licenses, see note 55; see also Charles R. McManis (1993), "Intellectual Property Protection and Reverse Engineering of Computer Programs in the United States and European Community," High Tech. L. J., 8:25, 88-96 (concluding that contracts, or at least shrink-wrap licenses, that prohibit reverse engineering are preempted by federal intellectual property law); Julie E. Cohen (1995), "Reverse Engineering and the Rise of Electronic Vigilantism: Intellectual Property Implications of 'Lock-out' Programs," So. Cal. L. Rev., 68:1091. But see Raymond T. Nimmer (Reporter for the Drafting Committee on Uniform Commercial Code, Article 2B (licenses)), U.C.C. Revision: Information A.S.E. in Contracts (April 15, 1996) (arguing that proposed Art. 2B of U.C.C. should make such licenses presumptively valid); Pro-CD, Inc. v. Zeidenberg, 86 F.3d 1447 (7th Cir. 1996) (upholding shrink-wrap license concerning electronic database).

122.  

McManis, "Emerging Computer Technology," note 64, at p. 67 (citing authorities); Hamilton, note 59, at pp. 628-29.

123.  

See note 5.

124.  

See Committee of Experts on a Possible Protocol to the Berne Convention, Proposal of the United States of America on Sui Generis Protection of Databases, Geneva, May 22-24, 1996, WIPO doc. BCP/CE/VNI/2-INR/CE/VI/2, May 20, 1996 (hereinafter U.S. Proposal on Databases); see also Mark Powell (1996), "The European Union's Database Directive: An International Antidote to the Side-Effects of Feist," paper presented to the Fourth Fordham Conference. Powell notes that the E.C. Directive will be incorporated into the laws of Norway, Iceland, and Liechtenstein under existing trade agreements with the E.U.; that "the Commission will encourage Central and Eastern European countries to adopt similar legislation" in their Association Agreements; that the E.U.-Turkey Customs Union Decision explicitly obliged Turkey to align its legislation on databases with the Directive; and that its reciprocity clause "will be used by the Commission as a bargaining chip" in dealing with third countries.

125.  

Powell, id.

126.  

See, e.g., Powell, note 124, at pp. 2-3 (objecting that "it is questionable whether an international instrument should be founded on a legal measure with no proven track record and which contains such novel legal concepts ... especially since ... [n]either database makers nor users were satisfied with the compromise reached in the Directive"); see also Pamela Samuelson (1994), "The N.I.I. Intellectual Property Report," Communications of the ACM, 37:17. (finding it "peculiar that the WIPO experts should even consider recommending a treaty on database protection when the idea for such a law is so new and untested").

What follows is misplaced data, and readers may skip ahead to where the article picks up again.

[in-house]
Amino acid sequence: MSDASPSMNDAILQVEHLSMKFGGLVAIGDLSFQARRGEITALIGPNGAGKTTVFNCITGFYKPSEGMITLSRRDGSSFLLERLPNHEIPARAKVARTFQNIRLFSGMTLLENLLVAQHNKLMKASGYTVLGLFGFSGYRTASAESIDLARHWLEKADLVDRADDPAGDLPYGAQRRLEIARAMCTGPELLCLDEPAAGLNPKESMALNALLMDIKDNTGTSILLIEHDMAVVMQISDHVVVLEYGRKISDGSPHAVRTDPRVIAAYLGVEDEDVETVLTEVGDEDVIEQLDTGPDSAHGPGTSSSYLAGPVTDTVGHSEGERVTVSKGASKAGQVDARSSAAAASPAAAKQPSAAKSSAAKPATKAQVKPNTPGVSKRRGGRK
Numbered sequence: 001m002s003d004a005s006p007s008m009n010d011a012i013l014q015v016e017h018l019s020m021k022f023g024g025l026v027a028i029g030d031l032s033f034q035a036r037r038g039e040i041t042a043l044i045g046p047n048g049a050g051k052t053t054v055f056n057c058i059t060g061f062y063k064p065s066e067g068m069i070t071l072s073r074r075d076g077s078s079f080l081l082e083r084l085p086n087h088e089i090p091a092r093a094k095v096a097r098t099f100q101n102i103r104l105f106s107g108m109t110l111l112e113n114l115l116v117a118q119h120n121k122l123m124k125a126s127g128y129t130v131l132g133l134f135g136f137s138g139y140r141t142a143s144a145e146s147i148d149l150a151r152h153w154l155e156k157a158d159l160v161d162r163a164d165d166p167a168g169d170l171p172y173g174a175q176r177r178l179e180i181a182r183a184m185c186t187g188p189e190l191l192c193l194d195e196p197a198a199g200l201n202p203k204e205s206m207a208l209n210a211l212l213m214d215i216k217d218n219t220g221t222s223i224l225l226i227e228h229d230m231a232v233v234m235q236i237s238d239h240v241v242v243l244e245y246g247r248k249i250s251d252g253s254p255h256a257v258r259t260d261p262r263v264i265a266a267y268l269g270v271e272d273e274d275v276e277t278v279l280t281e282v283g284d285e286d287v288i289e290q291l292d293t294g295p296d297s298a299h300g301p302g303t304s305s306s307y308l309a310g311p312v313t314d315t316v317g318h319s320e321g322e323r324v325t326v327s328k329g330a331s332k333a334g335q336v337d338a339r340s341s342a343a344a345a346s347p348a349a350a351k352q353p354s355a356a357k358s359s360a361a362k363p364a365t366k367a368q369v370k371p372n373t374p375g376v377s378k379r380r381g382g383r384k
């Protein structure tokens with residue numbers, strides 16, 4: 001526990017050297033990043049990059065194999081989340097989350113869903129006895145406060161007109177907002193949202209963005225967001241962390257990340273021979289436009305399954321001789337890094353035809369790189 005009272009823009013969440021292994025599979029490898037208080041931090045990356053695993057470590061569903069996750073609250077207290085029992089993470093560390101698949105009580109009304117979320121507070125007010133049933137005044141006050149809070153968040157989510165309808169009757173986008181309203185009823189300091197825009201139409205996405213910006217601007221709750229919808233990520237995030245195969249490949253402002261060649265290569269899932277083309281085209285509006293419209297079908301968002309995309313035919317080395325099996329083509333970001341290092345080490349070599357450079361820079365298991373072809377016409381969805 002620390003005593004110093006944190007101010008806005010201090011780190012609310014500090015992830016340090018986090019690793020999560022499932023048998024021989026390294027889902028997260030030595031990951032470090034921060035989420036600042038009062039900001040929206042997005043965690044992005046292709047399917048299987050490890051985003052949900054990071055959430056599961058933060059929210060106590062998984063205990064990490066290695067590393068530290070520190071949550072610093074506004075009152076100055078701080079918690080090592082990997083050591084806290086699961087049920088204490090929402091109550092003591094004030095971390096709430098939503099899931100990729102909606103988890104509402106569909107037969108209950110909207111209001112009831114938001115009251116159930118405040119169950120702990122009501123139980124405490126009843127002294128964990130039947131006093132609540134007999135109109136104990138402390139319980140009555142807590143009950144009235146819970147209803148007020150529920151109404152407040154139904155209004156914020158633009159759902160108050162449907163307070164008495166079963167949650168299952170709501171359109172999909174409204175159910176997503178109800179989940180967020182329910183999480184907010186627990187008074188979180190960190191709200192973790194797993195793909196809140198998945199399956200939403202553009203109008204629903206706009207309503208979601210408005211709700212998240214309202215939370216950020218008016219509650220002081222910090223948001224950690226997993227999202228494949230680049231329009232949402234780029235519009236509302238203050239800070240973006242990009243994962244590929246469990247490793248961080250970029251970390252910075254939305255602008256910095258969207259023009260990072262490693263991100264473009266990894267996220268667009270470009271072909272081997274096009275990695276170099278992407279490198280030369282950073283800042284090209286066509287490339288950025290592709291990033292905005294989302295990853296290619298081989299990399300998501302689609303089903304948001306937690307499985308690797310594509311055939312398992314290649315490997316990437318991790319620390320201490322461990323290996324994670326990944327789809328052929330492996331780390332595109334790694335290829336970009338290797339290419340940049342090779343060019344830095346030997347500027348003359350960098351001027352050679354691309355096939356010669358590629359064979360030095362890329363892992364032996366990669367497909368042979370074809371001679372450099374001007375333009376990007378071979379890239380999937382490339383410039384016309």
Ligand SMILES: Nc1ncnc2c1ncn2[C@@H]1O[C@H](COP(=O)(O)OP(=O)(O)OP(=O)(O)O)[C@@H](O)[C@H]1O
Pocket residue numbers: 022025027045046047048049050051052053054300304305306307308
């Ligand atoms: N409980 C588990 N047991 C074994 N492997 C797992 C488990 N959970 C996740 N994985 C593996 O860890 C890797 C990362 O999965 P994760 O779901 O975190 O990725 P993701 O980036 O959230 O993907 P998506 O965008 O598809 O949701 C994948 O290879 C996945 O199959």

127.  

See, e.g., Powell, note 124, at p. 16 (stating that the "economic case for the creation of a right to prevent extraction and/or re-utilization of non-original contents by users has never been satisfactorily explained"); see also id., at p. 55 (stressing that an "international treaty, . . . is trickier to modify" than domestic models and suggesting that the Diplomatic Conference should confine itself to a "set of general principles" for legal protection of databases that would be reviewed within a fixed period of time).

128.  

See, e.g., Jens L. Gaster (Principal Administrator, DG XV-E-4, European Commission) (1996), "The New E.U. Directive Concerning the Legal Protection of Data Bases," paper presented to the Fourth Fordham Conference (conceding that "the sui generis right was considerably strengthened during the legislative process" and that attacks on the right to extract even insubstantial parts of a protected database were barely repelled).

129.  

TRIPS Agreement, note I 111, article 71; see also id., articles 68-69. While parties to the Berne Convention remain free to adopt higher copyright standards among themselves (see Berne Convention, note 63, article 20), these arrangements would not become binding on other Berne members in the absence of a unanimous decision. See id., article 27(3). Unless such standards were incorporated into the TRIPS Agreement, parties to a special arrangement under Berne (or related to Berne) would run some risk of having to extend the higher standards to nonsignatory members of the WTO, under the most-favored-nation clause of the TRIPS Agreement. See TRIPS Agreement, note 111, article 4. While applications of Article 4 remain inherently



The National Academies | 500 Fifth St. N.W. | Washington, D.C. 20001
Copyright © National Academy of Sciences. All rights reserved.
Terms of Use and Privacy Statement